Geothermal Rising Releases the FY2024 Appropriations Request for the Geothermal Industry in the United States

Scroll down to read about the letters that Geothermal Rising sent to the House and Senate appropriations committees regarding FY 2024 appropriations in support of the geothermal industry or download the letters by clicking the link on the right side of this page.

On March 20, 2023, Geothermal Rising submitted letters to the House and Senate appropriations committees with recommendations for FY 2024 appropriations in support of the geothermal industry.  The recommendations were listed by government agency, and in some cases, by specific program.  In total, we requested just under $1.2 billion in appropriations, of which almost half would be in the form of types of financing (e.g., loan authority, venture capital) which could allow the government to recover (or exceed) its investment, and made other recommendations which could further unlock additional funds.   This summary organizes the different recommendations thematically.

Many of our requests do not seek additional appropriations for FY2024 and acknowledge that federal budgets will be tight this year. One option for the Congress can assist the geothermal industry using no additional appropriations includes releasing report language urging DOE’s new Office of Clean Energy Demonstrations (OCED) to specifically incorporate geothermal heat pumps, geothermal direct use (thermal energy networks), and geothermal power production into grant and demonstration programs using funds appropriated from the Infrastructure Investment and Jobs Act of 2021 and Inflation Reduction Act of 2022. Additionally, the Congress should strongly encourage DOE and OCED to incorporate geothermal resources into one of the hydrogen hubs.

There is a lack of recent data about federal incentives provided to each energy technology. We request the Congress update reports from the Congressional Research Service and Energy Information Administration that report on federal programs, subsidies, and other incentives received by all energy technologies from 1950 to 2022. This updated information will illustrate and underscore that energy policy is not technology agnostic in the United States.

Beginning with RD&D, we recommended that the Department of Energy’s (DOE) Geothermal Technologies Office (GTO) get $300 million for geothermal RD&D activities in FY 2024, an increase of $70 million from FY2023.  With respect to demonstration projects, we requested that OCED dedicate funding to geothermal projects from its existing $20 billion in appropriations.  In addition, one or more of the national labs should get $100 million to establish a public-private Geothermal Center of Excellence (GeoExcel).  Finally, we asked that DOE allocate $36 million to a geothermal Public Private Partnership Venture Capital fund.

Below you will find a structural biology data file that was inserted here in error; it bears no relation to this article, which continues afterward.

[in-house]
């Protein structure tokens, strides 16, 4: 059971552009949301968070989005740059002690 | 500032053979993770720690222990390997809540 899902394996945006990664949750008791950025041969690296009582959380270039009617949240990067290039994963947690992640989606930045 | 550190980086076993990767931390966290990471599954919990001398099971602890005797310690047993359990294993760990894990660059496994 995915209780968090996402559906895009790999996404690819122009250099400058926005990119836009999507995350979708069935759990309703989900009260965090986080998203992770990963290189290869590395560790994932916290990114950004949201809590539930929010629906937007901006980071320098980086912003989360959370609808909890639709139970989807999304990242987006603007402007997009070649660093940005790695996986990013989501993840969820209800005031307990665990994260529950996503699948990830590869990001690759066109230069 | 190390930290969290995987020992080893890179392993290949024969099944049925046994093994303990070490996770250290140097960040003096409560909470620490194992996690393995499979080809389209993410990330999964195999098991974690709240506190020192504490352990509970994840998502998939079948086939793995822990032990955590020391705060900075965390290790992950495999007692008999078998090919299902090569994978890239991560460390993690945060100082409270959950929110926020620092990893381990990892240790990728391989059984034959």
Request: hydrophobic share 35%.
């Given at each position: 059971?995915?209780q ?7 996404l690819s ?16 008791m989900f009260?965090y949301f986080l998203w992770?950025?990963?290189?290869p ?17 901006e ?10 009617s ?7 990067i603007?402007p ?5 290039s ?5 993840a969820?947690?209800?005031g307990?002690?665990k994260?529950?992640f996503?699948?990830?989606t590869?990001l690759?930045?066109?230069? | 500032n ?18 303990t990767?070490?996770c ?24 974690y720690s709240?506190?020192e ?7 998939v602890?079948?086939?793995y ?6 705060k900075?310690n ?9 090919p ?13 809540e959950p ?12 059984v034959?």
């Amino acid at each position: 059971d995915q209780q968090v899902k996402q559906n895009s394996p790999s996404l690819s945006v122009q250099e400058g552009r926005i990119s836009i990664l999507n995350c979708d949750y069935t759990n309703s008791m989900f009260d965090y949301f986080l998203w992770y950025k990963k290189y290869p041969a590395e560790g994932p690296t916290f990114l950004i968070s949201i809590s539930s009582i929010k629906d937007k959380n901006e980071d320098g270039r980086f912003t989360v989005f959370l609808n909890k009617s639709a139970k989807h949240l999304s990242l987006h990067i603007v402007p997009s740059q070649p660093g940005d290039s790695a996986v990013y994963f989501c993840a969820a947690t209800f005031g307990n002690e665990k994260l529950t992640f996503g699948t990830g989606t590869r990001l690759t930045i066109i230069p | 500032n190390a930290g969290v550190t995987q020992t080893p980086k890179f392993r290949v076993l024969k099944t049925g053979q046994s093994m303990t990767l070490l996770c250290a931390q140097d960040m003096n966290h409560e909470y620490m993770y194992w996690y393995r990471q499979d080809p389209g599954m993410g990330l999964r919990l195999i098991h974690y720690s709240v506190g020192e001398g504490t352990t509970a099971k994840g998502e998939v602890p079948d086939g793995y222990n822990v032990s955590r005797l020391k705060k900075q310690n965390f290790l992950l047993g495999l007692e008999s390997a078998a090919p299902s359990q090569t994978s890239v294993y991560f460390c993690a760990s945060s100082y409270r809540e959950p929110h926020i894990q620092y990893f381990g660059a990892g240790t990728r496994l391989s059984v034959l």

On the development side, our largest single appropriations request was for a total of $500 million in loan authority for DOE to use for risk mitigation programs for district cooling/heating and electricity drilling, exploration, and deployment projects. Following a model used successfully in other countries, one objective would be to provide loans for exploration which are converted to grants in the event that the exploration is unsuccessful.  At the Department of the Interior (DOI), we seek to speed up permitting by spending $15 million to create a National Center to Review Geothermal Permit Applications. 

With respect to market development, we recommended that DOE’s Office of Manufacturing and Energy Supply Chains (MESC) get $100 million to secure the domestic supply chain for Organic Rankine Cycle (ORC) or turbine manufacturing.  DOE’s Building Technologies Office (BTO) would get $50 million to promote the deployment of geothermal (ground source) heat pumps. We also requested $12 million for DOE’s Office of Fossil Energy and Carbon Management (FECM) to provide grants to repurpose oil and gas assets such as abandoned wells. We also requested $10 million in loan authority for the U.S. Export-Import Bank to support export of geothermal products and services.

As a consumer of energy, we recommended that the Department of Defense get $20 million for geothermal power and cooling/heating projects on military installations across the United States and abroad.  Other agencies would get grant programs to support project development and procurement by non-governmental entities: $15 million at the Department of Agriculture to transition agricultural and industrial cool/heat applications to geothermal resources; $10 million at the Department of Commerce Economic Development Administration to support partnerships with municipalities, electric or energy cooperatives, community choice aggregators, and public utilities; and $5 million at the Bureau of Indian Affairs for development by tribal nations. 

Finally, there were some requests focused on education and communication.  To support student education on geothermal power, we requested that the Department of Education receive $9 million for technical and vocational programs in community colleges.  And for improved public knowledge of the history and applications of geothermal power, the Smithsonian Institution should receive $3 million for exhibits across multiple museums.

Overall, these appropriations requests sought to address all stages of the geothermal industry’s expansion needs, and to provide innovative mechanisms by which the government could obtain direct value from our successes.